I suppose the last time I chose to self-isolate (healthy, young, foolish) was back in the 1970s when a combination of endless rainy season storms, an unreliable little motor cycle and flood-damaged, horribly dangerous forest tracks kept me confined alone in my modest little house on the remote campus of St Paul’s College, Bonjongo, Cameroon for all of three days. All students and most staff had left for the long rainy season vacation. On that occasion I spent those days listening to the endless tropical rain beating on my tin roof, before I finally gave in, risked the floods and set off on my little motor cycle to a nearby town, just to see if the outside world continued to exist.
To deepen the gloom, I spent those three days reading Crime and Punishment to a background of thunder, lightning and cascading water, punctuated by the constant trilling of insects and the distant shrieks of forest birds and animals. It was oppressively hot and humid. From time to time, I would cook myself some rice and vegetables, drink tea or beer and take in the view through my one door which was always open and led directly outside on to a track flowing with mud and water. It was only three days but to me it seemed endless and the doings of Rodion Romanovich Raskolnikov only served to make it even more depressing and other-worldly.
So, what to do this time?
Older, less healthy, certainly more patient, marginally wiser (perhaps), I am self-isolating on Deeside (we live here), in a considerably more comfortable, but still modest home, accompanied by my wife and dog. We – all of us – have already agreed that we will be forgiving if we become narky, angry or upset with one another during our period of confinement. Archie, our whippet, doesn’t realise this yet, of course, but he will, he will.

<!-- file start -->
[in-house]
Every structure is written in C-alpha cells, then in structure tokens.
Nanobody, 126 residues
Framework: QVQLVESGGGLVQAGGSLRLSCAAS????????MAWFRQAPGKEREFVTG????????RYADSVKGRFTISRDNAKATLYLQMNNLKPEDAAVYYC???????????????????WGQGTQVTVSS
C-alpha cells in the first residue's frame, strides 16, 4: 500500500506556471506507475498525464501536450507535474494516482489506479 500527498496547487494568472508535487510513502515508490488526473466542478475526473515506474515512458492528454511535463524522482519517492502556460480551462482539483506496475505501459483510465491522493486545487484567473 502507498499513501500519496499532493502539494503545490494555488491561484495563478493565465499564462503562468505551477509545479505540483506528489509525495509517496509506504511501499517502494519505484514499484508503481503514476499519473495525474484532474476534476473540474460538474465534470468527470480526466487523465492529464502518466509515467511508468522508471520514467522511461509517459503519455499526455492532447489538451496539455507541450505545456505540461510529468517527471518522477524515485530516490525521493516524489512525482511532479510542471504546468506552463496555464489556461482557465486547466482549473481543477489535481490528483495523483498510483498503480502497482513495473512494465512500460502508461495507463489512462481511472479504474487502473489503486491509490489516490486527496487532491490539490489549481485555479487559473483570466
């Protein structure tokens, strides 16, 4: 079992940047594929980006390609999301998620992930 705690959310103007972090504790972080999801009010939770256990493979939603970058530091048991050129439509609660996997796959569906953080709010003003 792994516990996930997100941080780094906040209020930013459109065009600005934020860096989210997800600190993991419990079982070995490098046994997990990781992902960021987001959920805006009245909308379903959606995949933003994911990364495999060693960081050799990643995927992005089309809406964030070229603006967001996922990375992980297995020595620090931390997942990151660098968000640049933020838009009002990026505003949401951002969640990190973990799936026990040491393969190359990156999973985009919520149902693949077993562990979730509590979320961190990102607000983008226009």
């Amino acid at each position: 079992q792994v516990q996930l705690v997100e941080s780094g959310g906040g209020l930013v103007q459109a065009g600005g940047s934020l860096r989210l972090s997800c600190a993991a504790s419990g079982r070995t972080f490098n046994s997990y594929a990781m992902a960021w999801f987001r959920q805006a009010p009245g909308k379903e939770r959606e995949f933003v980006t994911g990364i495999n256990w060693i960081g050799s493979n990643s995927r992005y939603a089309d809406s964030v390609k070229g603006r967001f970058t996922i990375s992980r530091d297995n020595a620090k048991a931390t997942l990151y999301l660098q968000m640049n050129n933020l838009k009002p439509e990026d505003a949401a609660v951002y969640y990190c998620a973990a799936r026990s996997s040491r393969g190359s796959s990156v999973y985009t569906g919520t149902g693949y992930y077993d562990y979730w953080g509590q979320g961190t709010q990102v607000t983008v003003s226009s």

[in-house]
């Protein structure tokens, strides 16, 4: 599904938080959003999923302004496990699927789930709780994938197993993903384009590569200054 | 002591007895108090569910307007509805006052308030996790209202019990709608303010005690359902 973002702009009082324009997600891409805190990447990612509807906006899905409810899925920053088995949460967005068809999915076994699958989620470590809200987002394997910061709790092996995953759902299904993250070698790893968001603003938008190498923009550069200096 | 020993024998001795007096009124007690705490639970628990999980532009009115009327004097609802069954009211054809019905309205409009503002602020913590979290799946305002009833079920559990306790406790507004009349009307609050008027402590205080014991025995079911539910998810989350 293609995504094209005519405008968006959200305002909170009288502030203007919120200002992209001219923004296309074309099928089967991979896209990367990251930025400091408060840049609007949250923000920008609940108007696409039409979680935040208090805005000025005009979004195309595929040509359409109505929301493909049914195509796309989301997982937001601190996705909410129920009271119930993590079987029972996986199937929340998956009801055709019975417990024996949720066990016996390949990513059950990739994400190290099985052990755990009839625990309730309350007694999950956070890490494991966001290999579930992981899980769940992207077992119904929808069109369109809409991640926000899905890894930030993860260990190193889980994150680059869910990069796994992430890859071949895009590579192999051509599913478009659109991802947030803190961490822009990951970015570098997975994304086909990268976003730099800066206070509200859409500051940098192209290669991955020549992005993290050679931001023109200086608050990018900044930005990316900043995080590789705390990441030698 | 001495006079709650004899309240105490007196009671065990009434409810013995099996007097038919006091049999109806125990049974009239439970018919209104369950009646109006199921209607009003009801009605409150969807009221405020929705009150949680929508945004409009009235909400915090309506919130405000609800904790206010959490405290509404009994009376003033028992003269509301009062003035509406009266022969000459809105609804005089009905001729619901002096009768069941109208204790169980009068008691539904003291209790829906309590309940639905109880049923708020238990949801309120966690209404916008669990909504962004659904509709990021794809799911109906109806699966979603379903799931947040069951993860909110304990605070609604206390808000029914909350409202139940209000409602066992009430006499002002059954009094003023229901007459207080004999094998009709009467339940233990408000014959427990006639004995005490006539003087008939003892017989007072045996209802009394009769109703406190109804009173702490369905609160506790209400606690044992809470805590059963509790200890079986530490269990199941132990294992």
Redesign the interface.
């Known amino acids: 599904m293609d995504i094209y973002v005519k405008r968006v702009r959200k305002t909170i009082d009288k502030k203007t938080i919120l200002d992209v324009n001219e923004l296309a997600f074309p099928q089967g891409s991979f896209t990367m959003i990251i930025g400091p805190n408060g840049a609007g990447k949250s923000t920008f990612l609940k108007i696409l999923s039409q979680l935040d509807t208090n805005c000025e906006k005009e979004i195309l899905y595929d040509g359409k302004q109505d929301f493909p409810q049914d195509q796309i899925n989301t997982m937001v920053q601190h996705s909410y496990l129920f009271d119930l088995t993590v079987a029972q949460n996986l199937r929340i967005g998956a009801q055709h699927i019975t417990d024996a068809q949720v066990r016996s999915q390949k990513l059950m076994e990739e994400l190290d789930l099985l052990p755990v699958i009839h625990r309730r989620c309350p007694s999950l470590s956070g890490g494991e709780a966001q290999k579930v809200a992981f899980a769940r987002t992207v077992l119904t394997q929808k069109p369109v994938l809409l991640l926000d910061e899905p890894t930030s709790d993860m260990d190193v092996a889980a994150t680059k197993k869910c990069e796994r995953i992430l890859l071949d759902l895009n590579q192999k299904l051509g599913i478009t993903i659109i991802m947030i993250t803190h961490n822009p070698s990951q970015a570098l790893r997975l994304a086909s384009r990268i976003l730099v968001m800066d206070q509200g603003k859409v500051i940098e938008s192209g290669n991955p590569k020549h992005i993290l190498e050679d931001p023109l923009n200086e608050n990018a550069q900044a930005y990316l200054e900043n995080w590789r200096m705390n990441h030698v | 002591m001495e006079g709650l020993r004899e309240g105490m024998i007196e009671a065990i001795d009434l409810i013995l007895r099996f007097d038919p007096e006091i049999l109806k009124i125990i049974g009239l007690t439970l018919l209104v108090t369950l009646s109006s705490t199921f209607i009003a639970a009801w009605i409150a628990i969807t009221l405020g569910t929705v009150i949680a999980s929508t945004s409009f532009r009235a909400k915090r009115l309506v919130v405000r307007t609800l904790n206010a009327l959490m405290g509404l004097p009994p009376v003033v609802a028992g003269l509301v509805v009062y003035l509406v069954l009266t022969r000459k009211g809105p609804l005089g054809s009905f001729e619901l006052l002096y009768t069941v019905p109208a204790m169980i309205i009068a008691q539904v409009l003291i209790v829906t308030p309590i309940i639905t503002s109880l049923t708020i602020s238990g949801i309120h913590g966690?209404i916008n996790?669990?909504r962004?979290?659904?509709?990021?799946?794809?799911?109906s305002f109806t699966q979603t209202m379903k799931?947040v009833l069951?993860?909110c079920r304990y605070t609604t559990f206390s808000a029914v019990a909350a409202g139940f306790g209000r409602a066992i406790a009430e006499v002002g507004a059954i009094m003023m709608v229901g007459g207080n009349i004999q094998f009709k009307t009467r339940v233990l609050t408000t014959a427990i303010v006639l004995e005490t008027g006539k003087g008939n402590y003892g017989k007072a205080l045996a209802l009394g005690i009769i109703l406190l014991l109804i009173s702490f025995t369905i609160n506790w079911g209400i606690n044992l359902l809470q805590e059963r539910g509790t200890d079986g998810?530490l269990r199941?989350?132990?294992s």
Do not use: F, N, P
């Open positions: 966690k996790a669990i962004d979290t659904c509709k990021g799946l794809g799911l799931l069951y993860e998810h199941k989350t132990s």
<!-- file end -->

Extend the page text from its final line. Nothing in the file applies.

Archie, in fact, is our link to sanity and the old life because he requires regular walks and is driven by routine, as I have mentioned before. We walk with him to stay sane, though I sometimes opt for the chill of the little treadmill in our garage. We were considerably cheered up by the arrival of our third grandchild in distant Nottinghamshire earlier this month. We have already viewed his cherubic face and spoken to his joyful parents via the wonders of skype. When we will meet them all in the flesh is one of today’s many unanswered questions.
We are fortunate in that the village shops are friendly and helpful. The paper shop, for example, is offering to deliver essential items to local people if need be. The front-line staff in the local supermarket have had to deal with a steady influx of people from Aberdeen who are seeking life’s necessities because, ironically, they think they are more likely to be available here in the sticks. I take my hat off to the staff for their patience. Also, it is spring – a chilly one, but surely a season of hope, despite the daily onslaught of disturbing health news.
Regular walks apart, we are confined to home, where there is now a daily routine of sudoku and crossword completion over morning coffee. During that process I frequently swear, while my much more patient and composed wife quietly gets on with it. To my mind she is a cryptic genius whom I would never like to try to deceive. She works out the answer to arcane clues that are beyond me. Here are two of today’s examples which defeated simple me:
10 Across: Useful note that is received by religious community (10)
15 Across: Candid work in French (4)
In my next post I will give you the answers, but if you are self-isolating and have time to work them out please send me your answers via the contact details or comment section on this blog. There are no prizes, but contact from followers of this blog and details of where you think we can obtain toilet paper would be appreciated – along with any tips for keeping happy a restless, routine-driven whippet.